Configuring a Dialed Backup Line....................................................................................154
Configuring the Dialer Interface.................................................................................154
Configuring the Physical Interface for the Dialer Interface....................................155
Configuring Interface as the Backup Dialer Interface .............................................155
Sample Configuration ..................................................................................................156
Overview of Dial on Demand/Bandwidth on Demand ................................................159
Answering Incoming ISDN Calls ......................................................................................160
Incoming Call Mapping Example ..............................................................................161
Node A (Calling Node) Configuration.............................................................. 161
Node B (Called Node) Configuration................................................................ 162
Node D (Calling Node) Configuration.............................................................. 163
Configuring DoD/BoD .......................................................................................................164
PPP Point-to-Multipoint Configuration ....................................................................165
Node A (Calling Node) Configuration.............................................................. 165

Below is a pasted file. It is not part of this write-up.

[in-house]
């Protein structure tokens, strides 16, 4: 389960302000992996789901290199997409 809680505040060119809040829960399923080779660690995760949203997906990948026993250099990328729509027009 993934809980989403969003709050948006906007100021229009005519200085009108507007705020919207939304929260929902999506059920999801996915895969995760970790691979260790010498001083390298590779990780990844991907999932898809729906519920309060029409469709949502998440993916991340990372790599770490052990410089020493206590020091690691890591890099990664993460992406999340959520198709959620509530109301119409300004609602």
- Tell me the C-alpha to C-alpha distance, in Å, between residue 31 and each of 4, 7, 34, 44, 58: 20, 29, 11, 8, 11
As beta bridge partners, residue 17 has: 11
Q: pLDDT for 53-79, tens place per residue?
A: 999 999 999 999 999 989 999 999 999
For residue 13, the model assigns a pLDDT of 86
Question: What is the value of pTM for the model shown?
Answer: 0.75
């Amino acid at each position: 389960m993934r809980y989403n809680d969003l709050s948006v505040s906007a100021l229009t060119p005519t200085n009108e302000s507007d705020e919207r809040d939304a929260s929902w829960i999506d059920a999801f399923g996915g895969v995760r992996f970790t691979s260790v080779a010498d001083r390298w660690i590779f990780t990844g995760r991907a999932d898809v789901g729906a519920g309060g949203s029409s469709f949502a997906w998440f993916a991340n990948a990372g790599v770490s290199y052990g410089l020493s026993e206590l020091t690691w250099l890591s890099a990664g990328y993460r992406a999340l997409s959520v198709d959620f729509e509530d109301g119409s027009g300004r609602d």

Node B (Called Node) Configuration................................................................ 166
PPP Multipoint-to-Multipoint Configuration ..........................................................167
Node A Configuration ......................................................................................... 167
Node B Configuration.......................................................................................... 168
PPP Point-to-Point Configurations ............................................................................169
Dial-in Routing for Dial on Demand Example................................................. 169
Dial-out Routing for Dial on Demand Example .............................................. 170
PPP Point-to-Multipoint Configurations...................................................................171
Dial-out Router Example..................................................................................... 171
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Dial-in Router Example ...................................................................................... 172
MLPPP Point-to-Multipoint Configuration ............................................................. 173
Node A (Calling Node) Configuration............................................................. 173
Node B (Called Node) Configuration............................................................... 174
MLPPP Point-to-Point Configurations ..................................................................... 176